Unfortunately, his announcement was met with chilling silence by the medical community of his day. Sensing a major career mistake, Freud soon retracted his claim. “Scenes of seduction … were only fantasies that my patients had made up,” he famously recanted. And for the first of many times in the brief history of modern psychiatry, the idea that your confusing, irrational, highly reactive emotional states and behaviors might stem from being traumatized was quietly backburnered.

Post-traumatic stress disorder, or PTSD, is a psychiatric diagnosis that Americans have become familiar with mostly through stories of our veterans returning from Afghanistan and Iraq. These stories are both dramatic and disturbing because they involve horrifying events, such as the deaths of close friends, bloody injuries, the brutal tactics of our enemies, sudden dismemberment and mutilation, etc. But while it is new to many Americans, PTSD — under various names such as combat neurosis, shell shock or traumatic neurosis — has ridden through sequential waves of interest and disregard for more than a century, in a pattern roughly corresponding to the level of American involvement in foreign wars.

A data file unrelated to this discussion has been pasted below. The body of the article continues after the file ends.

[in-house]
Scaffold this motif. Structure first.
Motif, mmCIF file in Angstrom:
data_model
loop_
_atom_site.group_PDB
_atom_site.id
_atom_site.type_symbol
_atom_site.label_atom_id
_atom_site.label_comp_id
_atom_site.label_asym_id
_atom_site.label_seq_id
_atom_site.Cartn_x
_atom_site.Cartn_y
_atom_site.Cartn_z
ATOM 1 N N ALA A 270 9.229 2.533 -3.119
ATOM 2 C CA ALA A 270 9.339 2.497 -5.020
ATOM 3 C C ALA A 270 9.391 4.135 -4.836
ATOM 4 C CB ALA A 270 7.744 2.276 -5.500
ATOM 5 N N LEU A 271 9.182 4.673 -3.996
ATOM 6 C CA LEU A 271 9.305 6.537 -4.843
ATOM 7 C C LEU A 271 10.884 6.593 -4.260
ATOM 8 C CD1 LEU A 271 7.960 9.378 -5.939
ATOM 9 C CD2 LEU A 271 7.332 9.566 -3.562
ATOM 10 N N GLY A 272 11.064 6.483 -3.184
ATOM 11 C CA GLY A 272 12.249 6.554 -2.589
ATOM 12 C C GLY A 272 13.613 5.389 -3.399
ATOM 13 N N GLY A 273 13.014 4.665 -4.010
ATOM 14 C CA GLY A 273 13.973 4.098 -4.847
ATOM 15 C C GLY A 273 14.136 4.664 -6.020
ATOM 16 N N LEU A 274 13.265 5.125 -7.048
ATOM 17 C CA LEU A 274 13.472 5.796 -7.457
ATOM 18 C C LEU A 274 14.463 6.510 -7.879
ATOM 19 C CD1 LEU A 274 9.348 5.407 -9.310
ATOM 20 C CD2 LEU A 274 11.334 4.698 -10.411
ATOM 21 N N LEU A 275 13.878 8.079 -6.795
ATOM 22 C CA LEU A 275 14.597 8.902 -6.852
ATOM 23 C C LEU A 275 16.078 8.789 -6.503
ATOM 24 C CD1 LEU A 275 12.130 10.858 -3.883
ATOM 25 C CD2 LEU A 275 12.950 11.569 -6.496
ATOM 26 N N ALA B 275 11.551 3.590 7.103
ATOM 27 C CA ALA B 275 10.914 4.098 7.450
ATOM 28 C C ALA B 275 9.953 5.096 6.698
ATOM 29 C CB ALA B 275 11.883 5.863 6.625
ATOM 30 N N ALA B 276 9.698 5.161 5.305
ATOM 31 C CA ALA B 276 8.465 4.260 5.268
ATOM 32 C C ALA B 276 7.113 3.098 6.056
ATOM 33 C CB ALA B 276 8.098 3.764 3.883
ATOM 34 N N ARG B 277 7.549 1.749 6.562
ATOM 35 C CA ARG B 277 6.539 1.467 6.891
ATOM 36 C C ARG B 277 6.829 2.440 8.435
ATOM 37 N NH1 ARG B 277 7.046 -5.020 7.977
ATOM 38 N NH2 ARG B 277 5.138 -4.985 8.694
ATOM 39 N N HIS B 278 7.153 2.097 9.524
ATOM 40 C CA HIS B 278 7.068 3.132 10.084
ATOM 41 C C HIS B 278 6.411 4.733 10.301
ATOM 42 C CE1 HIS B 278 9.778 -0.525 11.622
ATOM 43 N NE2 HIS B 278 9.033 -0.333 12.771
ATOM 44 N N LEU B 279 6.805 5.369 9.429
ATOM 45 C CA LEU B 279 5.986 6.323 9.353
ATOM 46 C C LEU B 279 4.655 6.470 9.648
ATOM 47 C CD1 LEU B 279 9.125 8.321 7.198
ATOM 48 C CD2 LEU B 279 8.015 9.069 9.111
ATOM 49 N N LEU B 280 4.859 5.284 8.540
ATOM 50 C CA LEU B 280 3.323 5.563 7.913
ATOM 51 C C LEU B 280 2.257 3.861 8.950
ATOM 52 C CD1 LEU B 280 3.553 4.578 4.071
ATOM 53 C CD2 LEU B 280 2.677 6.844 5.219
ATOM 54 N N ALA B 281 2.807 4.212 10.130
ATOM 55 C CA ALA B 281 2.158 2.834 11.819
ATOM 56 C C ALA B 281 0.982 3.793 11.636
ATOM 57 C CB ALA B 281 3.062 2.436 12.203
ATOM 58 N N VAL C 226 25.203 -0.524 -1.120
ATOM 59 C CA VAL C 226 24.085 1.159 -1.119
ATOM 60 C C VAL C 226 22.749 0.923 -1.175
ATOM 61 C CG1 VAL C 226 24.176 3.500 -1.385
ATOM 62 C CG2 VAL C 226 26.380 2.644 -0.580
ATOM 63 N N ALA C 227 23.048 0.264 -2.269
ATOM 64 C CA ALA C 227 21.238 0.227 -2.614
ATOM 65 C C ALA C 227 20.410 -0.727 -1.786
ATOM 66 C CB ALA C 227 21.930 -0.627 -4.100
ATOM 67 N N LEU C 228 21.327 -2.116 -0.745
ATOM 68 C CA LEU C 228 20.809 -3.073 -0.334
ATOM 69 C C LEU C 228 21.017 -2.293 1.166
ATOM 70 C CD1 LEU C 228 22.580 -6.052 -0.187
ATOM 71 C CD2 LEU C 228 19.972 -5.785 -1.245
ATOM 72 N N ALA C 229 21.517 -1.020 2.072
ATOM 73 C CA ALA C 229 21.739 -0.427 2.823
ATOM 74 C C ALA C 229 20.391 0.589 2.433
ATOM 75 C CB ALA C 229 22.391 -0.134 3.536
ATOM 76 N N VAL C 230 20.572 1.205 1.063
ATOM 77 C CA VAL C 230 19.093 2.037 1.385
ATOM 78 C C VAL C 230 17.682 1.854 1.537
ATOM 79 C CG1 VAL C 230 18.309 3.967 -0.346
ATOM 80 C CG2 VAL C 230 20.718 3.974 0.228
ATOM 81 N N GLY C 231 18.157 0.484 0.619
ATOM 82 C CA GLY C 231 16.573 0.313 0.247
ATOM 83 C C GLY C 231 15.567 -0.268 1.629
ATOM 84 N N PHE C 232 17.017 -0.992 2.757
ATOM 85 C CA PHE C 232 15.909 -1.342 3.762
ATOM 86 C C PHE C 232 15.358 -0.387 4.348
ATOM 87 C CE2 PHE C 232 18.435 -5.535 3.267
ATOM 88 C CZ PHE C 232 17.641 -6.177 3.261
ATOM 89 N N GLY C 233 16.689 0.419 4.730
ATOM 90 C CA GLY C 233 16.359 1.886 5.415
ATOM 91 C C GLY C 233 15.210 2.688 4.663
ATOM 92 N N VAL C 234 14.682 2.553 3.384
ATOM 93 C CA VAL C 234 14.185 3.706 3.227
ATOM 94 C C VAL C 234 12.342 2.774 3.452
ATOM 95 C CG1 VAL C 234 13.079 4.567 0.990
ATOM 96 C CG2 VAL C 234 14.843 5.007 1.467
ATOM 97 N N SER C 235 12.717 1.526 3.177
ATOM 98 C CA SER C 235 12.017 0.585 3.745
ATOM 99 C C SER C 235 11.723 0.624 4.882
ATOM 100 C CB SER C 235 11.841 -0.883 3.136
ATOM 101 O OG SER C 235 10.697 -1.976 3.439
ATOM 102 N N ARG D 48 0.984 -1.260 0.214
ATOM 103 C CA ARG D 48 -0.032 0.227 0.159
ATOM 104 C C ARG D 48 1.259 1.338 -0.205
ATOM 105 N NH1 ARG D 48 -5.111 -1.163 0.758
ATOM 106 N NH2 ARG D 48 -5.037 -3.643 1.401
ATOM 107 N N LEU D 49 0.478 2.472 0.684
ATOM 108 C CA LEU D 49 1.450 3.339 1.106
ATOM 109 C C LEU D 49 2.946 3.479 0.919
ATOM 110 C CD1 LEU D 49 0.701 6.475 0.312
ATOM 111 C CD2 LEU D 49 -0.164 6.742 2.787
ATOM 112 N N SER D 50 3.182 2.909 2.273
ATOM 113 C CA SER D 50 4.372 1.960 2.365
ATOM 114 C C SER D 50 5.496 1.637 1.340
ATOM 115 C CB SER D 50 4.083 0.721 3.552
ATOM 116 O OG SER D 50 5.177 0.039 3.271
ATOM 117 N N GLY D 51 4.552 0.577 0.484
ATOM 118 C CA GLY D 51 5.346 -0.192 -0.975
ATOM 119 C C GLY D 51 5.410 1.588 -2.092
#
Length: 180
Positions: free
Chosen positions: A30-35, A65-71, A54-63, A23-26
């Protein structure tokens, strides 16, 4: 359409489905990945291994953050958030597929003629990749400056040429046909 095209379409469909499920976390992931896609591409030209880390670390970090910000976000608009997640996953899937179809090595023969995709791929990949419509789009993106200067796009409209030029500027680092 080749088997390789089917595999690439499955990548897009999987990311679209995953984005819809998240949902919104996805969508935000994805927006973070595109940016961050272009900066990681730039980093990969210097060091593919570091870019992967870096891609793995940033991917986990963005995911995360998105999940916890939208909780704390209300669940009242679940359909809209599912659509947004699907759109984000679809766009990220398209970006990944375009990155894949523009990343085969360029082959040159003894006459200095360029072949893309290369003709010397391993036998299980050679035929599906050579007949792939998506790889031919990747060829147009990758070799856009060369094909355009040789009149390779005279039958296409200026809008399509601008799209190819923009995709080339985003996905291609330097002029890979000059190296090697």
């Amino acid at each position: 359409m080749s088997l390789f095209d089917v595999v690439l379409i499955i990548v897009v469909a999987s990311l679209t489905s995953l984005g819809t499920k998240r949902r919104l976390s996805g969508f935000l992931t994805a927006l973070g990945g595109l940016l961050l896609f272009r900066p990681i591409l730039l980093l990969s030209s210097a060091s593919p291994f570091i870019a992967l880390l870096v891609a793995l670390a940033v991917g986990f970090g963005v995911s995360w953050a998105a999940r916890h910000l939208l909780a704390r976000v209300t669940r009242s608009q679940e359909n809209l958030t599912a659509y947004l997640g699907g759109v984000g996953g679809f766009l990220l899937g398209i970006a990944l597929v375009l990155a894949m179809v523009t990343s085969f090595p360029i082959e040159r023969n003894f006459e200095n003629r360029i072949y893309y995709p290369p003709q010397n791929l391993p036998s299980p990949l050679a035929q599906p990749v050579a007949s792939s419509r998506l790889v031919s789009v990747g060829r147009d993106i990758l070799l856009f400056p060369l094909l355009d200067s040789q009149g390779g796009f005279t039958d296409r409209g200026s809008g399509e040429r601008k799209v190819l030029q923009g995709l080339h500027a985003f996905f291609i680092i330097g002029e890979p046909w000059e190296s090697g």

Having bombed out in Freud’s early formulation, PTSD began getting traction again as the emotional anguish of “shell shock” spread among soldiers involved in the grinding horror of trench warfare in World War I. “Men began to break down in shocking numbers,” Harvard professor Judith Herman writes in Trauma and Recovery, her groundbreaking analysis of emotional trauma. “Confined and rendered helpless, subjected to the threat of annihilation and forced to witness the mutilation and death of their comrades without any hope of reprieve, many soldiers began to act like hysterical women.”

Herman’s connection between the horrors of war and the Victorian epidemic of hysteria is neither critical of the soldiers nor accidental, but part of a larger and quite convincing argument that the study of emotional trauma has been highly influenced by important social trends and political agendas.